Wastewater is any water effluent that has been contaminated directly or indirectly by human activity. It could be generated as a result of domestic, agricultural, commercial or industrial use. Management of wastewater has been a challenge humans have had to face for centuries. Traditional societies simply disposed of all wastewater by pouring it away in rivers, lakes, seas and pits. These methods are not viable anymore due to the effects of wastewater on the environment. The high level of pathogens, toxins and pollutants I wastewater require us to treat the water before releasing it into surface or groundwater bodies.
Types of Waste Water
Wastewater varies greatly in toxicity and recyclability based on how or where it has been generated. There are three main types of wastewater, based on the activities that generated it. These categories of wastewater are domestic, agricultural and industrial.
Domestic wastewater is any water effluent generated from direct human contact. It is not limited to household wastewater as the same effluent can be generated in commercial buildings, institutions and industrial facilities. Domestic wastewater basically refers to liquid discharged from toilets, washing clothes/ dishes, cooking and bathing. It can be further classified as grey, black or yellow water. Greywater is the effluent from the non-toilet fixtures such as showers, laundry, dishwashers and bathroom sinks and mostly contains soapy water. Blackwater is water collected from toilets and kitchen fixtures; they contain human faecal sludge, urine and food particles. This kind of wastewater usually has a high concentration of biological pathogens. The third type of domestic water is referred to as yellow water and consists of urine that has been directed separately from other sewage.
Agricultural wastewater is any water runoff from farming activities. In many cases, the wastewater returns to the groundwater without a problem but in large-scale commercial farming, the use of large amounts of fertilizers and pesticides requires the water to be treated before it is released to be absorbed into surface or groundwater channels. This includes water from green houses, large plantations and combined farming communities that use dedicated irrigation facilities and water sources. The benefit of treating this water is that it can be recycled and reused in the same farms.
Industrial Wastewater is the most challenging type of effluent to manage. This is because there is a wide range of contaminants that get mixed up with industrial effluents and separating them from the wastewater requires the use of advanced methods and technology. The following are some sources of industrial wastewater and how they are managed.
Electric Power Plants
Electric power plants generate large volumes of wastewater especially from facilities that generate electricity from fossil fuels such as coal. The wastewater generated from these power plants contains a wide variety of contaminants such as arsenic, nitrogen compounds and metals such as lead, mercury and cadmium. Contaminants that are trapped from other pollution controls such as wet scrubbers, flue-gas desulfurization, fly ash and bottom ash usually find their way into the wastewater. Most of the coal-fired plants use Ash ponds to treat their wastewater. Other treatment methods are also employed including closed-loop ash recycling, chemical precipitation and the use of ion exchange membranes as well as electrodialysis systems.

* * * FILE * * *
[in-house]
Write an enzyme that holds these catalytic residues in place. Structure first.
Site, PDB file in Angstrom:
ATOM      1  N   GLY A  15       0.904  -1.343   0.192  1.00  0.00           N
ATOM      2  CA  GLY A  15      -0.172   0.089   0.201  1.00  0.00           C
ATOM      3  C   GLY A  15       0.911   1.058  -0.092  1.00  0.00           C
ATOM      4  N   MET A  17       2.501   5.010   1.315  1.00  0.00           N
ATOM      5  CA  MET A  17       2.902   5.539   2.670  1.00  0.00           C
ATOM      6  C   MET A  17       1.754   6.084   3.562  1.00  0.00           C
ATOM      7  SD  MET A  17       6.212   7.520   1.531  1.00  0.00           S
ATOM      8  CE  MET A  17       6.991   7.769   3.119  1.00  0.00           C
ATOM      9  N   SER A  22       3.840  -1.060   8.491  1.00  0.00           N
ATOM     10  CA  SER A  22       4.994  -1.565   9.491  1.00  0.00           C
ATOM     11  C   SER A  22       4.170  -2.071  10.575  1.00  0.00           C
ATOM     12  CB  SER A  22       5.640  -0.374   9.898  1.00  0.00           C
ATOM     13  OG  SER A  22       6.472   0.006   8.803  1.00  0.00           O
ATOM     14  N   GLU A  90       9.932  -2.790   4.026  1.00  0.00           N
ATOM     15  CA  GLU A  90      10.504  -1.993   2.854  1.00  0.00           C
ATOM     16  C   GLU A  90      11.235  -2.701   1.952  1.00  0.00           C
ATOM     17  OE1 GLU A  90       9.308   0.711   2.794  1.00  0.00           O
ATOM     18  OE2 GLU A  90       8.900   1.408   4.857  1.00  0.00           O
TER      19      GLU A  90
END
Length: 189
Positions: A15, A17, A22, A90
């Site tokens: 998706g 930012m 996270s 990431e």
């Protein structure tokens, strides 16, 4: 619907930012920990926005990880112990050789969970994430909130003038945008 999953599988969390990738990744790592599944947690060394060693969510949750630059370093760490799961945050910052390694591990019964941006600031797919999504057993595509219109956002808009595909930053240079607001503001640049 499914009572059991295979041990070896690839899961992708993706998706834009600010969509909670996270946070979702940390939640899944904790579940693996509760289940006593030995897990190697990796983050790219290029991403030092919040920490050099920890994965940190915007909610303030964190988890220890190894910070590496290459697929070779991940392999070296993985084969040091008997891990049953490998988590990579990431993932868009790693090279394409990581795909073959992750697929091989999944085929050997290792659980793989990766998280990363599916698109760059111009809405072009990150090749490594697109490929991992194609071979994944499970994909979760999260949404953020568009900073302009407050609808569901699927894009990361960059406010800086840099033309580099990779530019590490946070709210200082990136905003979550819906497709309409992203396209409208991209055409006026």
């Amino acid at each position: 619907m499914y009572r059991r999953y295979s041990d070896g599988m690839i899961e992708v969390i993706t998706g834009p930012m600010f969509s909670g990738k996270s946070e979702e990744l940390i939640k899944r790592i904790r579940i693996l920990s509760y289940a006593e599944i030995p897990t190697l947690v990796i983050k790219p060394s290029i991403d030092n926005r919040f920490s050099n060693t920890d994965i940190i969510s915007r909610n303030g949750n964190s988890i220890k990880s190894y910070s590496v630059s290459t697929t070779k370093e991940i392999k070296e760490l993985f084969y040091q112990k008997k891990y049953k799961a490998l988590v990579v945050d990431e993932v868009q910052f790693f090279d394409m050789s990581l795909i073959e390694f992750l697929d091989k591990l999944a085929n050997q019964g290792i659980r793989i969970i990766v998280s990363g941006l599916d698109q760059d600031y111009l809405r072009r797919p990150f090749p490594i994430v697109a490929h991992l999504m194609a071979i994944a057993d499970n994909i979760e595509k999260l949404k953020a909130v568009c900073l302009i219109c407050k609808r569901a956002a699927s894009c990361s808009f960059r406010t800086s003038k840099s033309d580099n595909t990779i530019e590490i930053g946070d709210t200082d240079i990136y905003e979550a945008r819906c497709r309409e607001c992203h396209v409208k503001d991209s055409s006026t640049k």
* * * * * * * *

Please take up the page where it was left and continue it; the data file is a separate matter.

Food and Beverage Industry
The wastewater generated in the food and beverage industry is mostly biodegradable but due to the occasional chemical content such as antibiotics in foods and pesticides/ fertilisers in vegetables, on-site treatment is necessary before releasing the water into common waterways. Since this industry uses large volumes of water in cleaning processes, proper on-site treatment of the wastewater can help them recycle a lot of it and thus save on overhead expenses. Some of the waste contained in this water includes strong organic waste from animal slaughter such as body fluids and blood, plant organic material, alkali, acids and flavourings as well as preservatives from the food processing plants.
Vehicle maintenance garages, wash bays, bus stations and mechanical workshops all use a lot of industrial oil. Some of the most common water pollutants in the motor vehicle industry are industrial oils. After work is done on the machines, the mechanics normally rinse it off with petroleum and oil which ends up in the wastewater channels. Most of these contaminants including other solvents and lubricants find their way into the sewer system and are often dealt with at the municipal water treatment facilities.
There are several other sources of industrial wastewater and a wide variety of treatment methods have been developed to treat and purify the water before safely releasing it into the environment. With increased urbanisation, the demand for good water treatment facilities is growing at an alarming rate, as a result, the market demand for water filtration and purification devices is going to increase significantly in the coming years.